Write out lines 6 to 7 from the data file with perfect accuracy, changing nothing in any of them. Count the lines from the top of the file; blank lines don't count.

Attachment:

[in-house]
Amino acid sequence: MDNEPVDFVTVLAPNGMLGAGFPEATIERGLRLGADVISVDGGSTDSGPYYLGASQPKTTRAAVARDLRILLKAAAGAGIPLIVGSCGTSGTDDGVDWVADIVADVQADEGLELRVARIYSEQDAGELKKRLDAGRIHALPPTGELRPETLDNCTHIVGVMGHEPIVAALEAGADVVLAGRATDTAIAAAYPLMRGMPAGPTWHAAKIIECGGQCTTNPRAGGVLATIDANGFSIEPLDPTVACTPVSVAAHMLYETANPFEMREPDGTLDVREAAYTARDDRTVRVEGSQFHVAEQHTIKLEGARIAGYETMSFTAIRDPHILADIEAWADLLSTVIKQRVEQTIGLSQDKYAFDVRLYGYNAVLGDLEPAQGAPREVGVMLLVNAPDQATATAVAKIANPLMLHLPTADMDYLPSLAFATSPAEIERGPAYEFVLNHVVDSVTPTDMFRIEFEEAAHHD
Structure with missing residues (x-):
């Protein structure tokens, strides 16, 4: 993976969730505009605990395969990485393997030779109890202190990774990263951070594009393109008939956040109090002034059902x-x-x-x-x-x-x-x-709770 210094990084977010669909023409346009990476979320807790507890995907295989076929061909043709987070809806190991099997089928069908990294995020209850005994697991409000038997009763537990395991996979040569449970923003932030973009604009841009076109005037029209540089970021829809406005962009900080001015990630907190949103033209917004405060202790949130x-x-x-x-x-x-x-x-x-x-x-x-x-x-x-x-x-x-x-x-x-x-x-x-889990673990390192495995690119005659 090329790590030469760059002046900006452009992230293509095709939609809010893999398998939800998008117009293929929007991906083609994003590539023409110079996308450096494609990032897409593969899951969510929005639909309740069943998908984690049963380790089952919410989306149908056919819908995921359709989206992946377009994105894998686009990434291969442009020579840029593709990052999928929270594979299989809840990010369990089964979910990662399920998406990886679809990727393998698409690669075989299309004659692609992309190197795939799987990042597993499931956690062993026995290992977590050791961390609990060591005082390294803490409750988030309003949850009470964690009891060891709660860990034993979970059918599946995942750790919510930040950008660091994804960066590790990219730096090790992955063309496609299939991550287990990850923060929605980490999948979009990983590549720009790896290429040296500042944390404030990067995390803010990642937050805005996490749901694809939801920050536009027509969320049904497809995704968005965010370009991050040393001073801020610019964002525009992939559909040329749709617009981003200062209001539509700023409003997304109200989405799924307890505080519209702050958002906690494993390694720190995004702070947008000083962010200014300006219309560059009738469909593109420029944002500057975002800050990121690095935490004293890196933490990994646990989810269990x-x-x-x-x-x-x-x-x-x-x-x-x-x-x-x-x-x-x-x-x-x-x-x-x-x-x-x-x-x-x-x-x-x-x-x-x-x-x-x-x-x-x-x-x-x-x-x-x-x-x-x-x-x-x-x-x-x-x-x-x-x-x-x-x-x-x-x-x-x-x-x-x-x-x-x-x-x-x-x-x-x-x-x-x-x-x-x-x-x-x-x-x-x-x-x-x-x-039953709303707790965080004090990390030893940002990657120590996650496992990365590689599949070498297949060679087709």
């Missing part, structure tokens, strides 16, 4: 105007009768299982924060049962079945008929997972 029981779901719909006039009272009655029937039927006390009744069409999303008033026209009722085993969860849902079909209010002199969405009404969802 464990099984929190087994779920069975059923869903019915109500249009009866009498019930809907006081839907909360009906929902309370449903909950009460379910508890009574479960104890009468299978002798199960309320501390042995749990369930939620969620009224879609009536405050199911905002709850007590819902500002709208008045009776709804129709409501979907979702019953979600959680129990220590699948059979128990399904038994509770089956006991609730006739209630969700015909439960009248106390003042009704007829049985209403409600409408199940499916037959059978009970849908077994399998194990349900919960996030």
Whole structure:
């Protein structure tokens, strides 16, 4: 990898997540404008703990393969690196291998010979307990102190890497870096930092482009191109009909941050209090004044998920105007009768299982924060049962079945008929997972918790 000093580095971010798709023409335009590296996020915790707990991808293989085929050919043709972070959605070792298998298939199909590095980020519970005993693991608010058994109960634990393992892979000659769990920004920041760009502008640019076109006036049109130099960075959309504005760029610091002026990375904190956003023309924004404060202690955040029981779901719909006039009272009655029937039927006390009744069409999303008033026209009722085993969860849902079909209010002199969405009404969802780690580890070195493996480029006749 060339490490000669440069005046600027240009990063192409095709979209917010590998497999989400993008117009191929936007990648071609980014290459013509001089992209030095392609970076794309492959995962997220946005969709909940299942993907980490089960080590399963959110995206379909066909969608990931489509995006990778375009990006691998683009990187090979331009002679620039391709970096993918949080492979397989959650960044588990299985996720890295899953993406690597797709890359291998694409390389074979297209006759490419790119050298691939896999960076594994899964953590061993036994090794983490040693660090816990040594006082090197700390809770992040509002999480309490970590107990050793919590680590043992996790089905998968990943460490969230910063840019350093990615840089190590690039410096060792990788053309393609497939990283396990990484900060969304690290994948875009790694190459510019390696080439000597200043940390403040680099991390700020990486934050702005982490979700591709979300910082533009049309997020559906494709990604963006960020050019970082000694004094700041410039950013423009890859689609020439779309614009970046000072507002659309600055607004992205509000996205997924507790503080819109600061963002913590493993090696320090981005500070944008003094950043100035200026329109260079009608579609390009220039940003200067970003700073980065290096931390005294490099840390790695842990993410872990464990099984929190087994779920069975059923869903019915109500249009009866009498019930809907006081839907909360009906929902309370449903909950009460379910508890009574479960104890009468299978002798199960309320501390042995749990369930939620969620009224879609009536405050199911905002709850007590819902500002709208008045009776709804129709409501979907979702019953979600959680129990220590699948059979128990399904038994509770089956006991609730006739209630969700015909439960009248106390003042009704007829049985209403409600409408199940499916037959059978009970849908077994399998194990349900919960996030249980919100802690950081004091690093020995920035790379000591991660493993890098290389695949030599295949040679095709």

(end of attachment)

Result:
Whole structure:
């Protein structure tokens, strides 16, 4: 990898997540404008703990393969690196291998010979307990102190890497870096930092482009191109009909941050209090004044998920105007009768299982924060049962079945008929997972918790 000093580095971010798709023409335009590296996020915790707990991808293989085929050919043709972070959605070792298998298939199909590095980020519970005993693991608010058994109960634990393992892979000659769990920004920041760009502008640019076109006036049109130099960075959309504005760029610091002026990375904190956003023309924004404060202690955040029981779901719909006039009272009655029937039927006390009744069409999303008033026209009722085993969860849902079909209010002199969405009404969802780690580890070195493996480029006749 060339490490000669440069005046600027240009990063192409095709979209917010590998497999989400993008117009191929936007990648071609980014290459013509001089992209030095392609970076794309492959995962997220946005969709909940299942993907980490089960080590399963959110995206379909066909969608990931489509995006990778375009990006691998683009990187090979331009002679620039391709970096993918949080492979397989959650960044588990299985996720890295899953993406690597797709890359291998694409390389074979297209006759490419790119050298691939896999960076594994899964953590061993036994090794983490040693660090816990040594006082090197700390809770992040509002999480309490970590107990050793919590680590043992996790089905998968990943460490969230910063840019350093990615840089190590690039410096060792990788053309393609497939990283396990990484900060969304690290994948875009790694190459510019390696080439000597200043940390403040680099991390700020990486934050702005982490979700591709979300910082533009049309997020559906494709990604963006960020050019970082000694004094700041410039950013423009890859689609020439779309614009970046000072507002659309600055607004992205509000996205997924507790503080819109600061963002913590493993090696320090981005500070944008003094950043100035200026329109260079009608579609390009220039940003200067970003700073980065290096931390005294490099840390790695842990993410872990464990099984929190087994779920069975059923869903019915109500249009009866009498019930809907006081839907909360009906929902309370449903909950009460379910508890009574479960104890009468299978002798199960309320501390042995749990369930939620969620009224879609009536405050199911905002709850007590819902500002709208008045009776709804129709409501979907979702019953979600959680129990220590699948059979128990399904038994509770089956006991609730006739209630969700015909439960009248106390003042009704007829049985209403409600409408199940499916037959059978009970849908077994399998194990349900919960996030249980919100802690950081004091690093020995920035790379000591991660493993890098290389695949030599295949040679095709």